Gravitational wave astronomy has just given us another amazing gift: the first observational confirmation of one of Stephen Hawking's predictions about black holes.

An analysis of the very first gravitational wave detection made back in 2015, GW150914, has confirmed Hawking's area theorem. It states that, under classical physics, the area of the event horizon of a black hole can only grow larger - never smaller.

The work gives us a new tool for probing these mysterious objects, and testing the limits of our understanding of the Universe.

"It is possible that there's a zoo of different compact objects, and while some of them are the black holes that follow Einstein and Hawking's laws, others may be slightly different beasts," said astrophysicist Maximiliano Isi of MIT's Kavli Institute for Astrophysics and Space Research.

"So, it's not like you do this test once and it's over. You do this once, and it's the beginning."

Hawking first proposed his theorem back in 1971. It predicted that the surface area of the event horizon of a black hole should never decrease, but only increase.

The event horizon is not the black hole itself, but the radius at which even light speed in a vacuum is insufficient to achieve escape velocity from the gravitational field generated by the black hole singularity. It's proportional to the mass of the black hole; since black holes can only gain mass, under general relativity, the event horizon should only be able to grow.

(This increase-only model is also curiously similar to another theory, the second law of thermodynamics. It states that entropy - the progression from order to disorder in the Universe - can only increase. Black holes also have entropy ascribed to them, and it's directly proportional to their event horizon surface area.)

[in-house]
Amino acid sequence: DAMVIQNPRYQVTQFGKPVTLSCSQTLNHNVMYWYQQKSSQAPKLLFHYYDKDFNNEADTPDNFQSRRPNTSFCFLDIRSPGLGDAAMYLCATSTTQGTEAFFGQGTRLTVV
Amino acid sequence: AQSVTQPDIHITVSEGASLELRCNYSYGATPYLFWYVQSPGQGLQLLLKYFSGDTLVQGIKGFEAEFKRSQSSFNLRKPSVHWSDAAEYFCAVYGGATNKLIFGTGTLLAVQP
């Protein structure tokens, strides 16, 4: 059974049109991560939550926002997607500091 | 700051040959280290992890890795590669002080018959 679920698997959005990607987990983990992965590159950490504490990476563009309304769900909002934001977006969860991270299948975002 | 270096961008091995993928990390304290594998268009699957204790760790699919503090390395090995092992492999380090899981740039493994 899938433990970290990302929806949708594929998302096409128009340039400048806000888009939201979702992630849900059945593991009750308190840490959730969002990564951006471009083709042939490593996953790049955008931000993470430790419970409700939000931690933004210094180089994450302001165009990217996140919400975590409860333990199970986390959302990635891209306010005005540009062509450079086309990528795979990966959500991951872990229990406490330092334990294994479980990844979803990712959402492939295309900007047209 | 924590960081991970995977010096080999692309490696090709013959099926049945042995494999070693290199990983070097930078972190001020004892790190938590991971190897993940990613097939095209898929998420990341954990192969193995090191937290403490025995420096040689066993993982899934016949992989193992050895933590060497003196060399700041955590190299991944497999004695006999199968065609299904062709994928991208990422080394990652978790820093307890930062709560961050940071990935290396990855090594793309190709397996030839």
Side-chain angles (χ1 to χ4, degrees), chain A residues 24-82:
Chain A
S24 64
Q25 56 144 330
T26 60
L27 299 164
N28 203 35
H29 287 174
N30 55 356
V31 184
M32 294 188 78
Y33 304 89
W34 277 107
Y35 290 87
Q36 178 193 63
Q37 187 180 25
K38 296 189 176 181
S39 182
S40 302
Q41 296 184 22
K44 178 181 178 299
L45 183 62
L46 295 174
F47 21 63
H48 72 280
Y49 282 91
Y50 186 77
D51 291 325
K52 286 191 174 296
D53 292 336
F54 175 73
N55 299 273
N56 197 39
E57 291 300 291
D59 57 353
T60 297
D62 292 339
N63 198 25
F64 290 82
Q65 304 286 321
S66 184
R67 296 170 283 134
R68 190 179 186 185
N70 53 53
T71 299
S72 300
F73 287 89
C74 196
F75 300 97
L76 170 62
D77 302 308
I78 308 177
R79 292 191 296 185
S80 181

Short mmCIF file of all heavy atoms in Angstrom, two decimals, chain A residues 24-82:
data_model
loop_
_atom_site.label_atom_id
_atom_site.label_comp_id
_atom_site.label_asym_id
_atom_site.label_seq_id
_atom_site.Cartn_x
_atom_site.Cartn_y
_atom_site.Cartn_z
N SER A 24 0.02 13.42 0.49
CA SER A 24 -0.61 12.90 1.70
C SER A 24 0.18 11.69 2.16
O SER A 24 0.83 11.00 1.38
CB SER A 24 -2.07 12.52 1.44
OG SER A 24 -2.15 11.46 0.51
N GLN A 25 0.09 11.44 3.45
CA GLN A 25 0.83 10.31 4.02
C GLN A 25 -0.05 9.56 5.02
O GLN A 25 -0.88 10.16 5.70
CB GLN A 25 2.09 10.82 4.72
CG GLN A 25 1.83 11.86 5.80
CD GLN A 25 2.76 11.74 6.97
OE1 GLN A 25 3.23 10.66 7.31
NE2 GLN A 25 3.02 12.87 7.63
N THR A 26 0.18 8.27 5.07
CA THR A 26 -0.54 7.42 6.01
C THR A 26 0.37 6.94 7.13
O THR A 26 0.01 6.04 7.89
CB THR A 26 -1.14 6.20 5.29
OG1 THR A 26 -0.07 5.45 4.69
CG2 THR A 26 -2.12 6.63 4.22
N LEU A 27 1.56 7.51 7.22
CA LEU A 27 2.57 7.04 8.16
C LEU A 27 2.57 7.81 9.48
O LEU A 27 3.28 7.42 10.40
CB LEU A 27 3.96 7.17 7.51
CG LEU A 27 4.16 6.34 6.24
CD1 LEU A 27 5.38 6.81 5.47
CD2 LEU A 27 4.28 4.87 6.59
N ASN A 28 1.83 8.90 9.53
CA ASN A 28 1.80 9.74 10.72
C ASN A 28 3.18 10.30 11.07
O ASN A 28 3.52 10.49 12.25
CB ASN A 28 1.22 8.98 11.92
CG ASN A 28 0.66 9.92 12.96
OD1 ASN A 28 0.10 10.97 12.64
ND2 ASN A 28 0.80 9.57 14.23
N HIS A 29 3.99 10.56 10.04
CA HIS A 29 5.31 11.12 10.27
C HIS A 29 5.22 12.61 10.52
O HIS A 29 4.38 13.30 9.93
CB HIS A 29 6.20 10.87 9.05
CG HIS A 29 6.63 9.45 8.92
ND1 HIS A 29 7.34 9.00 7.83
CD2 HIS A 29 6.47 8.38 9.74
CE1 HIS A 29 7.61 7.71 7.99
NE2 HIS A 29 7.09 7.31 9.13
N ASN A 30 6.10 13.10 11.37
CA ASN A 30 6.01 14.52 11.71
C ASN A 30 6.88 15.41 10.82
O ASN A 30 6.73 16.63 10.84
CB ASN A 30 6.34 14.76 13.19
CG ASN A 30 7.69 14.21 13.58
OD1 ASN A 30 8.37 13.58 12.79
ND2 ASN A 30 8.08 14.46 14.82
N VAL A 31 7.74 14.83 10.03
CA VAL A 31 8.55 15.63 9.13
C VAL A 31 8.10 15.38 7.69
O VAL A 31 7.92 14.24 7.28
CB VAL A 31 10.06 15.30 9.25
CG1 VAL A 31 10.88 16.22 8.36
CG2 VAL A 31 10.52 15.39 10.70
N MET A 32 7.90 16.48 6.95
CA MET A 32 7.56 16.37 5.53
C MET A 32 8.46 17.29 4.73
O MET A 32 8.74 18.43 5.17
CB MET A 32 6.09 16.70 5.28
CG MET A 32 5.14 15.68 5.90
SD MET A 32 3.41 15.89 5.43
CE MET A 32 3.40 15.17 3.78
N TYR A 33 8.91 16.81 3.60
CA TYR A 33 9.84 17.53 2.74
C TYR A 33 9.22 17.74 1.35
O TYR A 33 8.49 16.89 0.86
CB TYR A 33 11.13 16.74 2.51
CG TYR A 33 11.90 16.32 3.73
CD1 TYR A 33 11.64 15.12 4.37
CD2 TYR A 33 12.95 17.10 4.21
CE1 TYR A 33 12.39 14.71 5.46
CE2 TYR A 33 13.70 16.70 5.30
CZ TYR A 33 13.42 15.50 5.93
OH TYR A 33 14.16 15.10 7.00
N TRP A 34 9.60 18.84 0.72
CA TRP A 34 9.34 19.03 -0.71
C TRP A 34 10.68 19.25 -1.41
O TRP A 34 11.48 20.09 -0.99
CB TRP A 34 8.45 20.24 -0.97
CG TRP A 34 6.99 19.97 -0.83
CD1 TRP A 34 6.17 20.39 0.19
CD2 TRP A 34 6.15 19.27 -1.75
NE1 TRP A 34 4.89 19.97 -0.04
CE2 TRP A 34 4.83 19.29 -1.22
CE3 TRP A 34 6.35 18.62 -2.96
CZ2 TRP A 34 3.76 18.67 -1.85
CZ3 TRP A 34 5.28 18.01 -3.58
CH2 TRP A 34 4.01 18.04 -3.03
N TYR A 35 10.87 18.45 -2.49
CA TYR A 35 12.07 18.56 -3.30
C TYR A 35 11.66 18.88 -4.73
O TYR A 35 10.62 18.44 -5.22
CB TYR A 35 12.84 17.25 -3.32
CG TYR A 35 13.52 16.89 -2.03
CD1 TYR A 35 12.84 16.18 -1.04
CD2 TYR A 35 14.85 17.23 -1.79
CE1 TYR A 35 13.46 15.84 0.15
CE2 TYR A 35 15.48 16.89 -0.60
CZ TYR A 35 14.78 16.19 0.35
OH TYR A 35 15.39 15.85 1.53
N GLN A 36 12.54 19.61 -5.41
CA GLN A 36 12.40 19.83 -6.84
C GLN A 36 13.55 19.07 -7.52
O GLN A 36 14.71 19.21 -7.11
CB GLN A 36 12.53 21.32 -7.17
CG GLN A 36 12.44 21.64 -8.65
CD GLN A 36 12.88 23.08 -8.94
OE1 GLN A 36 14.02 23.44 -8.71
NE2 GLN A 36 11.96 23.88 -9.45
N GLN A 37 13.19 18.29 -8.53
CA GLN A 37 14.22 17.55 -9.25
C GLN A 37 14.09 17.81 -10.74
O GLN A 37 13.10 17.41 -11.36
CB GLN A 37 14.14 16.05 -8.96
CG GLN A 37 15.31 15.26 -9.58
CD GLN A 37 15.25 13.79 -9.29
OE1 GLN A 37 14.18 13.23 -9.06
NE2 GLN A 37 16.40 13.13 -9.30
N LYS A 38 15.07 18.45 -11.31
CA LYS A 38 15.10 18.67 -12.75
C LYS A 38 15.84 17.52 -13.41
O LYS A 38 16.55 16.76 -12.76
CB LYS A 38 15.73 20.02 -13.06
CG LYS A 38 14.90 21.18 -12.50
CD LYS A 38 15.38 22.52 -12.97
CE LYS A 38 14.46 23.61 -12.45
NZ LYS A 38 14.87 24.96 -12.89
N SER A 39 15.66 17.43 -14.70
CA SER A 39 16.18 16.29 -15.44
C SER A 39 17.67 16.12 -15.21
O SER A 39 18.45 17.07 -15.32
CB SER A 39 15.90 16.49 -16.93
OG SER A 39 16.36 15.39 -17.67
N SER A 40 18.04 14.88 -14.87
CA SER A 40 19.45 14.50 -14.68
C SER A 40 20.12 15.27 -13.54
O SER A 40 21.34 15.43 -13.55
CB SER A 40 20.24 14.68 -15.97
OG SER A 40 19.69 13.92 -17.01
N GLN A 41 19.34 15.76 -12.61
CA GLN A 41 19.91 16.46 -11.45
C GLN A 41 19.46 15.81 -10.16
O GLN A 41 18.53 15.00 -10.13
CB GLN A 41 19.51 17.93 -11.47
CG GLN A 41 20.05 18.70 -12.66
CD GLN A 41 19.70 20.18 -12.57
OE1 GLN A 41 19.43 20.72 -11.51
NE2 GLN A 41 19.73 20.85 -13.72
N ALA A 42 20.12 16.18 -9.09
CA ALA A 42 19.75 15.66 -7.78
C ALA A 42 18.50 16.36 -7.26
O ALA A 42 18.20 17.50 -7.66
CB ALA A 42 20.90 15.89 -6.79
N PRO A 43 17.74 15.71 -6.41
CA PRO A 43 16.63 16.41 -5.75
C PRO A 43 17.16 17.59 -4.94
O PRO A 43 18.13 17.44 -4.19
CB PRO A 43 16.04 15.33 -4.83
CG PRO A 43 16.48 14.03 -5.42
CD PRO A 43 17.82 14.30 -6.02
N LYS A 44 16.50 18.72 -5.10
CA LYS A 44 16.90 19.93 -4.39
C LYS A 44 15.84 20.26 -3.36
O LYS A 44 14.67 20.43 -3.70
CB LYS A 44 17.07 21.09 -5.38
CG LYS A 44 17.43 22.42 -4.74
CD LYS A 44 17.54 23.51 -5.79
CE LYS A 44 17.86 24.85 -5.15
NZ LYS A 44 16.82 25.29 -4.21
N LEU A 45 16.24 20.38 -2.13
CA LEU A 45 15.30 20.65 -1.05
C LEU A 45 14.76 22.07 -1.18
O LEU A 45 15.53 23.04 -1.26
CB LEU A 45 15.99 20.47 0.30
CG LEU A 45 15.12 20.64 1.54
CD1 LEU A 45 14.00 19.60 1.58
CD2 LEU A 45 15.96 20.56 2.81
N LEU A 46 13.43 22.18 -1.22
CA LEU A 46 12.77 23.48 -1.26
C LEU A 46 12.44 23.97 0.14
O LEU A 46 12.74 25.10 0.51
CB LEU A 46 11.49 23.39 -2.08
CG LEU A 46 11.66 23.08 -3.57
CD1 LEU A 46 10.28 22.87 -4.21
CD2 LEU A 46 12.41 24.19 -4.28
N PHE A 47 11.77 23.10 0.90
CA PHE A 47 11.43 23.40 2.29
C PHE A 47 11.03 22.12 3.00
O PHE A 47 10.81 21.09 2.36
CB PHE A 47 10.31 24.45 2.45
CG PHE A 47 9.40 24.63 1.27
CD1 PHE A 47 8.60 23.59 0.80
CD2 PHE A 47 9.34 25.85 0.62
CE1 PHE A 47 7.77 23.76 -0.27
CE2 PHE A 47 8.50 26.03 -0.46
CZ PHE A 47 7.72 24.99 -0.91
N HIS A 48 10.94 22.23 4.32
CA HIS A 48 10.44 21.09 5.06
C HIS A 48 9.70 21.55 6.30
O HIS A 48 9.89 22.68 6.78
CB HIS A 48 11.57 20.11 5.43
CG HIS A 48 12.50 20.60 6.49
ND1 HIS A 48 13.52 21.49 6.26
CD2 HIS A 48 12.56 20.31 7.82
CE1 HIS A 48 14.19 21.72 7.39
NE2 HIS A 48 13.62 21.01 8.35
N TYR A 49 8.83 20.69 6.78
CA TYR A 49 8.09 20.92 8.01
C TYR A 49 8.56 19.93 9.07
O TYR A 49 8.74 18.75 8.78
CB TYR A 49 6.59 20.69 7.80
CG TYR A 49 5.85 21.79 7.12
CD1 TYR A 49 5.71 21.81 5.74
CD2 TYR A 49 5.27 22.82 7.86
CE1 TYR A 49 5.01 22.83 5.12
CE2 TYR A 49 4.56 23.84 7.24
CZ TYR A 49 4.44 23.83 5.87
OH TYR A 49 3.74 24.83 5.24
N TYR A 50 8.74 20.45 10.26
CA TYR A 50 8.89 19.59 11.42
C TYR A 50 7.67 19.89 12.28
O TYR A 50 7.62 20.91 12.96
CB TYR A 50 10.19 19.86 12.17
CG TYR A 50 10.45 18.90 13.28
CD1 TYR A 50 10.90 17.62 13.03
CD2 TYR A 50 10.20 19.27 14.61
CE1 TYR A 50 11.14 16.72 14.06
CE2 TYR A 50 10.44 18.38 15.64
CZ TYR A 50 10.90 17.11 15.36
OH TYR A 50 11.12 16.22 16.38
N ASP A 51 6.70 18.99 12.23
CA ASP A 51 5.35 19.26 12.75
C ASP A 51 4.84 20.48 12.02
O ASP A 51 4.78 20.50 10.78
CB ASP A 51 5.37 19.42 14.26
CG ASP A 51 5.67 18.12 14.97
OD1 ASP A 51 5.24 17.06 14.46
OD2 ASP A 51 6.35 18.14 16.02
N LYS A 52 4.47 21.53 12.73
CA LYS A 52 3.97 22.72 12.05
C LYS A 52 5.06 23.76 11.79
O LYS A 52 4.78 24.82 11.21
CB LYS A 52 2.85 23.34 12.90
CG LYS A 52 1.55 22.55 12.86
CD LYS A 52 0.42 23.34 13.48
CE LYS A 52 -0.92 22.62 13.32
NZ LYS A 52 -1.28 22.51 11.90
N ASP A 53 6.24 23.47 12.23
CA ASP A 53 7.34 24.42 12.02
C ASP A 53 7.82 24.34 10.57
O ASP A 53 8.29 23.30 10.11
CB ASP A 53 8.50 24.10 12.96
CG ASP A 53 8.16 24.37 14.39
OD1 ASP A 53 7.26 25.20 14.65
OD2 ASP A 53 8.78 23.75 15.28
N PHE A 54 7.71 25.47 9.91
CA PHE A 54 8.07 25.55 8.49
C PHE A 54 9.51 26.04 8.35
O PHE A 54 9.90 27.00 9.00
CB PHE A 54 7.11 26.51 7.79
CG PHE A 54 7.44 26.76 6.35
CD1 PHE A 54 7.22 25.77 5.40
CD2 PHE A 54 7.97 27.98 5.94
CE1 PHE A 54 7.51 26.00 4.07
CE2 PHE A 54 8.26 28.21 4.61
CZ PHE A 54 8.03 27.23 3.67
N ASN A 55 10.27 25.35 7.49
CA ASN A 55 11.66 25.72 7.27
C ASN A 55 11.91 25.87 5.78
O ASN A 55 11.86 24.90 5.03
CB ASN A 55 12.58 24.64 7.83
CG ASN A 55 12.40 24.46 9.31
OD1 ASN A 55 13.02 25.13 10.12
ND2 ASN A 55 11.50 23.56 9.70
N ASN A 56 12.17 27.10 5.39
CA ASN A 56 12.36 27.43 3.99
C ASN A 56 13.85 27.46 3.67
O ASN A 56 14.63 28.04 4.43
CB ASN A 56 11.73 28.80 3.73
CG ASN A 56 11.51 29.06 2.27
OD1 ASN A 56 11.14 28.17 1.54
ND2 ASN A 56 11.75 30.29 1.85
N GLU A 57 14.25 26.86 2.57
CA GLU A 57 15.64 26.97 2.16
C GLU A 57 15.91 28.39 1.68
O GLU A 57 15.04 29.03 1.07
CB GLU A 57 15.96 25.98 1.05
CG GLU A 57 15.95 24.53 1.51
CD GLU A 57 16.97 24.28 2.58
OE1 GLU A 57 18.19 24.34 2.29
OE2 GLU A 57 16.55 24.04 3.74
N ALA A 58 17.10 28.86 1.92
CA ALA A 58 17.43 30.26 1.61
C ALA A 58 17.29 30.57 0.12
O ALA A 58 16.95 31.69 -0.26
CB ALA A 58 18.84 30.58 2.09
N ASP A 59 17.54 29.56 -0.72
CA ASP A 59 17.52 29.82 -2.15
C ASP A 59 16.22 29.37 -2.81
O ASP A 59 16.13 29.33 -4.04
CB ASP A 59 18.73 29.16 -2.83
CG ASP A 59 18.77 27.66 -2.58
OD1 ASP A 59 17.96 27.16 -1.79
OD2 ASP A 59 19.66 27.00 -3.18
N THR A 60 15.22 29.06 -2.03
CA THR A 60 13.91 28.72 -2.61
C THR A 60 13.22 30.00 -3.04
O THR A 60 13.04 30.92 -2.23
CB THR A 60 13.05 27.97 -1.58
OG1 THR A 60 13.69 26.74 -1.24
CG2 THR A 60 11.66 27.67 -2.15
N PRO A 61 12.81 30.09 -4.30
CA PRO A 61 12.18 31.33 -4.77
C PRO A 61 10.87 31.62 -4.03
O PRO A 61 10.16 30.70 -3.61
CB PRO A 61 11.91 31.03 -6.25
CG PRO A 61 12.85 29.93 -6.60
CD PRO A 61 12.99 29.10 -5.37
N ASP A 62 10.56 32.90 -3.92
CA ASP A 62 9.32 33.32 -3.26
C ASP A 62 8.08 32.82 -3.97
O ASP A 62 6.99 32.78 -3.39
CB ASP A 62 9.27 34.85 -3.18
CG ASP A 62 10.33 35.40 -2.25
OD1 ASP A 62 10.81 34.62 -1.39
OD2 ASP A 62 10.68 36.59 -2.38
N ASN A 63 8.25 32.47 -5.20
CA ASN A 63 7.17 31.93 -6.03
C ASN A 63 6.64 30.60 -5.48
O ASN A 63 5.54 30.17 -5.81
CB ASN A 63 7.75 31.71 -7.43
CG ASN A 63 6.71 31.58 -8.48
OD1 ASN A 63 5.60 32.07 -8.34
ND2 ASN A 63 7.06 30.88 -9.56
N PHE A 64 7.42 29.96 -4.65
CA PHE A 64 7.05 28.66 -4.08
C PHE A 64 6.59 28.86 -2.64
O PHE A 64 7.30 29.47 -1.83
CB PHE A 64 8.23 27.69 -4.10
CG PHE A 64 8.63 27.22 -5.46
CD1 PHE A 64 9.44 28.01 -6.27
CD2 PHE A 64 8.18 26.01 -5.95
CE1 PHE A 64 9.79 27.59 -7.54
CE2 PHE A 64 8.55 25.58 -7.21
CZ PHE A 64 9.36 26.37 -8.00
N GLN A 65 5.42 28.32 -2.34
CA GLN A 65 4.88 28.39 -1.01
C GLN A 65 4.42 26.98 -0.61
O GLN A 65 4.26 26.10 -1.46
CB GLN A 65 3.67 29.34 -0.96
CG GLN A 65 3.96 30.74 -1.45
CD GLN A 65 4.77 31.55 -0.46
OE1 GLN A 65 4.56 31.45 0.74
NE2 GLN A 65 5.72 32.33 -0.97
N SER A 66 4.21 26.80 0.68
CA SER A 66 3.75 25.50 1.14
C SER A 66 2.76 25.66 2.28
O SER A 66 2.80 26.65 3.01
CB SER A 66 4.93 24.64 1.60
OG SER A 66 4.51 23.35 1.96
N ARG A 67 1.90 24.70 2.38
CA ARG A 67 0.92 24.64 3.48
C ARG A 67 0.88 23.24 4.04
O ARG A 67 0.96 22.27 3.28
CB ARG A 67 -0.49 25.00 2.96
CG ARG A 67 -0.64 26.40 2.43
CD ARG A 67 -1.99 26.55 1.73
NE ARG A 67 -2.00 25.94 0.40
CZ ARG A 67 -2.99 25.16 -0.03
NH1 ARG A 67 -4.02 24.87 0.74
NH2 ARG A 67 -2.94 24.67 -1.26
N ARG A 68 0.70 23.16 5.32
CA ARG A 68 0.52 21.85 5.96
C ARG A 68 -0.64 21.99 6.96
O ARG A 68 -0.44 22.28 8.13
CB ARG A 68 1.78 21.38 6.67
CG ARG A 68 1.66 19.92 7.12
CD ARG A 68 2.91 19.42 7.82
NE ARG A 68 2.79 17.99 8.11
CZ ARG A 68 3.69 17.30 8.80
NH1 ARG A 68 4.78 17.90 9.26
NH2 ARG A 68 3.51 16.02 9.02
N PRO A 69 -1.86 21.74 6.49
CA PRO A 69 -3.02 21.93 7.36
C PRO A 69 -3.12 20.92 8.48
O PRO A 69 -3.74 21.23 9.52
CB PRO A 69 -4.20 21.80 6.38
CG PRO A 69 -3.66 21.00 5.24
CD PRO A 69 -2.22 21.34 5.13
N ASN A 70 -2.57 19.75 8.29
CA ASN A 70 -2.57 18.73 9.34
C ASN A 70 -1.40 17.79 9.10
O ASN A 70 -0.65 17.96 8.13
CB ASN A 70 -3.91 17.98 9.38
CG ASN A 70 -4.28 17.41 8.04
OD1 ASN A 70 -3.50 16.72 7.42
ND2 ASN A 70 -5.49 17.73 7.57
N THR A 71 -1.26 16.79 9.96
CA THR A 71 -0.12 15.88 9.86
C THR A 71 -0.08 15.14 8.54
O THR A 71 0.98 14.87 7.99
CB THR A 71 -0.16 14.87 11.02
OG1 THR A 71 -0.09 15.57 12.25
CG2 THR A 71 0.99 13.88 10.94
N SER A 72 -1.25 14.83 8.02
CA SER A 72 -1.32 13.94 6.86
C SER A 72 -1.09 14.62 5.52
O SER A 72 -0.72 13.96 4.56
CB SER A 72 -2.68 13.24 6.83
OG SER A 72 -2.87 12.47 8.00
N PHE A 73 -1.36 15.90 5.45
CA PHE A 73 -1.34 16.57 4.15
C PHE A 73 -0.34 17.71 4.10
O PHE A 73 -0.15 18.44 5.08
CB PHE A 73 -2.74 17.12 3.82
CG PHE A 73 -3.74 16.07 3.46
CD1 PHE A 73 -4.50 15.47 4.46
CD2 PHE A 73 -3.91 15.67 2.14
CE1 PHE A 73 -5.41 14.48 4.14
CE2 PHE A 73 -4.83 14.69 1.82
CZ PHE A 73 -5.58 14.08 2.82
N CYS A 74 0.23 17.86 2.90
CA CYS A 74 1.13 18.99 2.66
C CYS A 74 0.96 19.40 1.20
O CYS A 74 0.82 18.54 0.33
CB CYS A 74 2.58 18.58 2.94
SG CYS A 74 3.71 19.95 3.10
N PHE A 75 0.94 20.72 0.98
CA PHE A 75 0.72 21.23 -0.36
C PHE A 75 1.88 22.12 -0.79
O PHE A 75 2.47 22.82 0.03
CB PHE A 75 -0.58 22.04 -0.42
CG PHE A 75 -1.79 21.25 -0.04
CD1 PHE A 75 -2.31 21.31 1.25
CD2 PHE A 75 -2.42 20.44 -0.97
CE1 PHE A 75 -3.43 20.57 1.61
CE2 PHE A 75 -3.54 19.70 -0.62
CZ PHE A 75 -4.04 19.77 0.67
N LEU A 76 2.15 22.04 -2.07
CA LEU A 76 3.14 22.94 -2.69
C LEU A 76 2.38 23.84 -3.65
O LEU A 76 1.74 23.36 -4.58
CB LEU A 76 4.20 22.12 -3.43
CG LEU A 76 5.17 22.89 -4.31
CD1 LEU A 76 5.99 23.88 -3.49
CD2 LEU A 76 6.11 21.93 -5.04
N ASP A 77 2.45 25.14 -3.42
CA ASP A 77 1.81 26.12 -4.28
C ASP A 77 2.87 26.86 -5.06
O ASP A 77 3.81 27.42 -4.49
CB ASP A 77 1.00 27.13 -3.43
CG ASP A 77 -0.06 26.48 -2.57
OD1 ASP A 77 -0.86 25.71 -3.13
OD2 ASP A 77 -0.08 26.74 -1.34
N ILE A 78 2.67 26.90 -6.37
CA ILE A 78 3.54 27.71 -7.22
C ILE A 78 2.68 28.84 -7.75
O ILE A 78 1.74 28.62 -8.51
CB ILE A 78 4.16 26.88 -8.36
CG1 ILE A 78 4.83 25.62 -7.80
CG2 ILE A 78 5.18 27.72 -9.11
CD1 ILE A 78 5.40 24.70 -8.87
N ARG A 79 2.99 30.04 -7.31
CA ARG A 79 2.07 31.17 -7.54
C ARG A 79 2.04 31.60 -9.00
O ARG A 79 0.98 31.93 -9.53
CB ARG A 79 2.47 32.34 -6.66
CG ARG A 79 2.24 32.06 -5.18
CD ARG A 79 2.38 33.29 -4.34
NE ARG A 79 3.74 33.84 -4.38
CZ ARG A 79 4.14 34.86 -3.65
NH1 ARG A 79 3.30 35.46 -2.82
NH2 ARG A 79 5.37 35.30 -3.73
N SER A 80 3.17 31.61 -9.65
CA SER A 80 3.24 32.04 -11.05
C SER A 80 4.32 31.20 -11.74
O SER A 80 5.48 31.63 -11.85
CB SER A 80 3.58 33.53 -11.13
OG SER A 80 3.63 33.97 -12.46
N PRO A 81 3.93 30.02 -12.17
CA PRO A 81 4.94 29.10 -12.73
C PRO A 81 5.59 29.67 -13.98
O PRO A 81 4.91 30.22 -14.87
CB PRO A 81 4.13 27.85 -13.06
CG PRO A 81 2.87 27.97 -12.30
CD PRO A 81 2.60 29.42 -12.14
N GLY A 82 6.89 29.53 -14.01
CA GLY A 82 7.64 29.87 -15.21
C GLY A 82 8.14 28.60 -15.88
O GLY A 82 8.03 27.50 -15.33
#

Mathematically, the area theorem checks out, but it's been observationally difficult to confirm - mainly because black holes are extremely difficult to observe directly, since they emit no detectable radiation. But then, we detected the gravitational ripples propagating through space-time of a collision between two of these enigmatic objects.

This was GW150914, and the brief bloop of the collision recorded by the LIGO interferometer changed everything. It was the first direct detection of not one black hole, but two. They came together and formed one larger black hole.

This black hole then faintly rung, like a struck bell. In 2019, Isi and his colleagues worked out how to detect the signal of this ringdown. Now they've decoded it, breaking it down to calculate the mass and spin of the final black hole.

They also performed a new analysis of the merger signal to calculate the mass and spin of the two pre-merger black holes. Since mass and spin are related to the area of the event horizon, this allowed them to calculate the event horizons of all three objects.

If the event horizon could shrink in size, then the event horizon of the final merged black hole should be smaller than those of the two black holes that created it. According to their calculations, the two smaller black holes had a total event horizon area of 235,000 square kilometers (91,000 square miles). The final black hole had an area of 367,000 square kilometers.

"The data show with overwhelming confidence that the horizon area increased after the merger, and that the area law is satisfied with very high probability," Isi said.

"It was a relief that our result does agree with the paradigm that we expect, and does confirm our understanding of these complicated black hole mergers."

At least in the short term. Under quantum mechanics - which does not play nicely with classical physics - Hawking later predicted that, over very long timescales, black holes should lose mass in the form of a type of black-body radiation we now call Hawking radiation. So it's still possible that the event horizon of a black hole could decrease in area, eventually.

That will obviously need to be examined more closely in the future. In the meantime, the work of Isi and his team have given us a new toolset for probing other gravitational wave observations, in the hope of gaining even more insights into black holes and the physics of the Universe.

"It's encouraging that we can think in new, creative ways about gravitational-wave data, and reach questions we thought we couldn't before," Isi said.

"We can keep teasing out pieces of information that speak directly to the pillars of what we think we understand. One day, this data may reveal something we didn't expect."

The research has been published in Physical Review Letters.